My Philosophy of Classroom Management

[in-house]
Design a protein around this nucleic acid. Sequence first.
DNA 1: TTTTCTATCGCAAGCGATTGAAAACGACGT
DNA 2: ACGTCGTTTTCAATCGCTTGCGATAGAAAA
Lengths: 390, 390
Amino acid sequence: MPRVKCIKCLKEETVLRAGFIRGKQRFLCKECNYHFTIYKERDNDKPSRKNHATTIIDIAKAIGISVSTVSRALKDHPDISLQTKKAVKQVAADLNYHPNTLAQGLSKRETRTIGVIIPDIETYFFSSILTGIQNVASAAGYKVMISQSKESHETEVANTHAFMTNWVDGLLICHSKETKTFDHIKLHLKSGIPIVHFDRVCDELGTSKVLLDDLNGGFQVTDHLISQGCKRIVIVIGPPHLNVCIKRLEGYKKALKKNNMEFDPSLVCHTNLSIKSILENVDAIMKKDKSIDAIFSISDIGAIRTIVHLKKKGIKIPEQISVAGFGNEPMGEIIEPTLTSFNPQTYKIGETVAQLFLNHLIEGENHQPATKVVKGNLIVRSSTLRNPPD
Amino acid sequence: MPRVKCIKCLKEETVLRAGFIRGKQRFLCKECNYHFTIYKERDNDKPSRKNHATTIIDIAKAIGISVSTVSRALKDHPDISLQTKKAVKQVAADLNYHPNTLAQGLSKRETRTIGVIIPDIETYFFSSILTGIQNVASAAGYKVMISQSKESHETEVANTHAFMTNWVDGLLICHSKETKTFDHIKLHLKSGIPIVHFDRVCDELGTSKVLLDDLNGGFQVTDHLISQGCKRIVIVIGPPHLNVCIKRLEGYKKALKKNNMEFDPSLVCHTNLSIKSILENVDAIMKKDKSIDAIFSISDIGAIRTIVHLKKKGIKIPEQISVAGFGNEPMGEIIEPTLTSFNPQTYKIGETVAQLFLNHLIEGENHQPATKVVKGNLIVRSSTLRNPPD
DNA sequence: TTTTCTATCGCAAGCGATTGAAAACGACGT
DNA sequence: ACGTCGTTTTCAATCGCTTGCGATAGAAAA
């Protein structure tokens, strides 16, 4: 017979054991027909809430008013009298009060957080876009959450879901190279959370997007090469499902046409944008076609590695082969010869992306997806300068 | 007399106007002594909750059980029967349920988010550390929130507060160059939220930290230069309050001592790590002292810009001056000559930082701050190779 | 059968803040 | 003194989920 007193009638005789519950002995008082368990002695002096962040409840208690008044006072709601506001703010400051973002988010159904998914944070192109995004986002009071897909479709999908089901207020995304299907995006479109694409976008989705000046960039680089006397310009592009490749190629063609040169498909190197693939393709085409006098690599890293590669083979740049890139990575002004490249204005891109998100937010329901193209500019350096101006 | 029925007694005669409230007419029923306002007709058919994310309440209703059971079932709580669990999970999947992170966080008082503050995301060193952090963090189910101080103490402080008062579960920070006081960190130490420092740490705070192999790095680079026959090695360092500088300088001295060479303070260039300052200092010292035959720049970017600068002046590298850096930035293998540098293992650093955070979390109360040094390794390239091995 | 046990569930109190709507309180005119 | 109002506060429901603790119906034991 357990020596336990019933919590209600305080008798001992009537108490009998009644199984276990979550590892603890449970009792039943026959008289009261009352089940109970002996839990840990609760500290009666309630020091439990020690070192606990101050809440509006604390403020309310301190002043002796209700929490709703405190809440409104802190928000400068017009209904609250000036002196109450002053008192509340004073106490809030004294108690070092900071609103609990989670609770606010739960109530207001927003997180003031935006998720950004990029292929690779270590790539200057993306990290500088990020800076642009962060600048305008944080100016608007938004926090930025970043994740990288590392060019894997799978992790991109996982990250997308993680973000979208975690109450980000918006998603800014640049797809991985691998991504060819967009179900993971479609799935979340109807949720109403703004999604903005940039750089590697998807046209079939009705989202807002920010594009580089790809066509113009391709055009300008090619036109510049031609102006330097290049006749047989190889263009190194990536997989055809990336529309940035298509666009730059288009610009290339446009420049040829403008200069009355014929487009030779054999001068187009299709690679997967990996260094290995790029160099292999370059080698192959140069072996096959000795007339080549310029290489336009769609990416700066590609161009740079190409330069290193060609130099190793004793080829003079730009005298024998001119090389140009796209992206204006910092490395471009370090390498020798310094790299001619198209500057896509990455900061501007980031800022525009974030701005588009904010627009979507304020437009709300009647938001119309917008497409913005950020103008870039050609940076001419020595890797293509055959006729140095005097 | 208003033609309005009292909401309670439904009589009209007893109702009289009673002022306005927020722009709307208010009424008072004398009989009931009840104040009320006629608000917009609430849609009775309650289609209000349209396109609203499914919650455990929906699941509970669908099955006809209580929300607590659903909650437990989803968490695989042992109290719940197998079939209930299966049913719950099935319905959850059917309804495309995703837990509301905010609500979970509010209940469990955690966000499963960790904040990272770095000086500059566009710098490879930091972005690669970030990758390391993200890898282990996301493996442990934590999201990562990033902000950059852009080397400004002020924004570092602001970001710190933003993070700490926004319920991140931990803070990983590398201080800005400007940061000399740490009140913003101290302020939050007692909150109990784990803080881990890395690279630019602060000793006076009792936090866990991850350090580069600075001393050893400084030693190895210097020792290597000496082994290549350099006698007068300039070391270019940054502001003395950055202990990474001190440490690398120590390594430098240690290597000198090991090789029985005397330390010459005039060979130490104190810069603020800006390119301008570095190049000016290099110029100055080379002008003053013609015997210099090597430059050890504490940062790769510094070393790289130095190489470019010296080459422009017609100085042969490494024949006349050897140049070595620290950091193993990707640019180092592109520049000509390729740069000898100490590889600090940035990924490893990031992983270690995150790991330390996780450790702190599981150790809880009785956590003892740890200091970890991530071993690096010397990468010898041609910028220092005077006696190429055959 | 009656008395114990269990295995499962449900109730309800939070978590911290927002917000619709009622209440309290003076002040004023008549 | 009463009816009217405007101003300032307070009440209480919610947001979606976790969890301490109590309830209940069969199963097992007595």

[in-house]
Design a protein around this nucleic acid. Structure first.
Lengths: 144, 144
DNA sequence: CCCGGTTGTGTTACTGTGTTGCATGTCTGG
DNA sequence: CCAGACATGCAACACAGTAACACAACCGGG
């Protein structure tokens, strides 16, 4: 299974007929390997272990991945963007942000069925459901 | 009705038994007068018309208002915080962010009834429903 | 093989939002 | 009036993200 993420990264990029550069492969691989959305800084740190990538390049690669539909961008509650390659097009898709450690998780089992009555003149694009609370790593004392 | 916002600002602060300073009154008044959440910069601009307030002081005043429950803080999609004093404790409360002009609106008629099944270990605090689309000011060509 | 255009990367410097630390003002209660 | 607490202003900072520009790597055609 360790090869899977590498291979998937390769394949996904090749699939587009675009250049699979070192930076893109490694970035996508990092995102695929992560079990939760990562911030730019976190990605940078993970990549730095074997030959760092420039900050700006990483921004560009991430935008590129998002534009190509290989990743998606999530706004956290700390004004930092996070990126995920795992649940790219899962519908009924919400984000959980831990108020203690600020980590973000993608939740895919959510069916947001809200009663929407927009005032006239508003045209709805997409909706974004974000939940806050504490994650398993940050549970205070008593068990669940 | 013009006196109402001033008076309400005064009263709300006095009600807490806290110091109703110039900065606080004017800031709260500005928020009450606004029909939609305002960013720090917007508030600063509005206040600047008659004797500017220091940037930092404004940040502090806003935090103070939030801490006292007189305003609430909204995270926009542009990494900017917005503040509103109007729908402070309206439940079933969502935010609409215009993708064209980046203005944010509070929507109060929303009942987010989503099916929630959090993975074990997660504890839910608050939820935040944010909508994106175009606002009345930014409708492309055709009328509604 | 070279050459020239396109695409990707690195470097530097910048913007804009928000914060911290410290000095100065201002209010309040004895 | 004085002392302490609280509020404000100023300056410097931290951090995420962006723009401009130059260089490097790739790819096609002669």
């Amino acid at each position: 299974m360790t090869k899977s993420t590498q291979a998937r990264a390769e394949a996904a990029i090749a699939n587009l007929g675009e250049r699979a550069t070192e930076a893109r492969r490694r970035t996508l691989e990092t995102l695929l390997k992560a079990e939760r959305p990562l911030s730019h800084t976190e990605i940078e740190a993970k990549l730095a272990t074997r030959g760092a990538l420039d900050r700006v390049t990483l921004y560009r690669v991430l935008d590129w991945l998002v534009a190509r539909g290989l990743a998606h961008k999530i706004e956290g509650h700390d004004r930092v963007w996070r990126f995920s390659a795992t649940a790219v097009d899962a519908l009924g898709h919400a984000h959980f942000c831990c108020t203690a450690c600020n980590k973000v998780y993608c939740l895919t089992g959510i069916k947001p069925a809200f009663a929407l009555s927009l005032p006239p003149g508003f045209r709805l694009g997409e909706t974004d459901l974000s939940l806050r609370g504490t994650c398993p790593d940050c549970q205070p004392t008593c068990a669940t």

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Abstract My classroom management philosophy is a constant work in progress, but based off of personal experiences and major management theorists I have developed a basic philosophy to guide me through student teaching and the early years as a teacher. The core principles of my philosophy are rooted in establishing a classroom community and mutual respect between students and the teacher. The following essay outlines the theorists that have impacted my philosophy as well as ways I plan to implement my management philosophy. The foundation of an effective classroom is a strong, supportive classroom management plan. The first hurdle many new teachers have to overcome is the ability to maintain control of the classroom they are teaching. As I begin to develop my own management philosophy, I turn towards management theorists to develop a plan that models an effective management style while also reflecting my own personality. Rooted in my fundamental beliefs about students, that all students can learn, a classroom is a community, and mutual student/teacher respect is invaluable, I have begun to develop a unique classroom management philosophy. My philosophy reflects the theorists Rosemary and Harry Wong, William Glasser, Alfie Kohn, and Fred Jones. As I start my career as an educator I will turn to the studies of these theorists to continue to craft a personal management plan. The management of a classroom should first and foremost reflect the personality of the teacher that leads it. I am not a stern disciplinarian, nor am I a person who is willing to be walked all over. My management philosophy will reflect who I am. My classroom will be built on a mutual respect between th... ... middle of paper ... ...ing my room giving minimal time for student misbehavior. By meeting the basic needs of my students mutual respect will develop and a learning community will be created within my classroom. Positive behavior will be maintained through educational incentives and hierarchal, tiered discipline plan. References Bartel, V. B. (2005). Learning communities: beliefs embedded in content-based rituals. Early Childhood Education Journal, 33(3), 151-154. Charles, C.M.. Building classroom discipline. Boston: Pearson Education, 2010. Print Malmgren, K. W., Trezek, B. J., & Paul, P. V. (2005). Models of classroom management as applied to the secondary classroom. Clearing House, 79(1), 36-39. Sayeski, K. L., & Brown, M. R. (2011). Developing a classroom management plan using a tiered approach. Teaching Exceptional Children, 44(1), 8-17.

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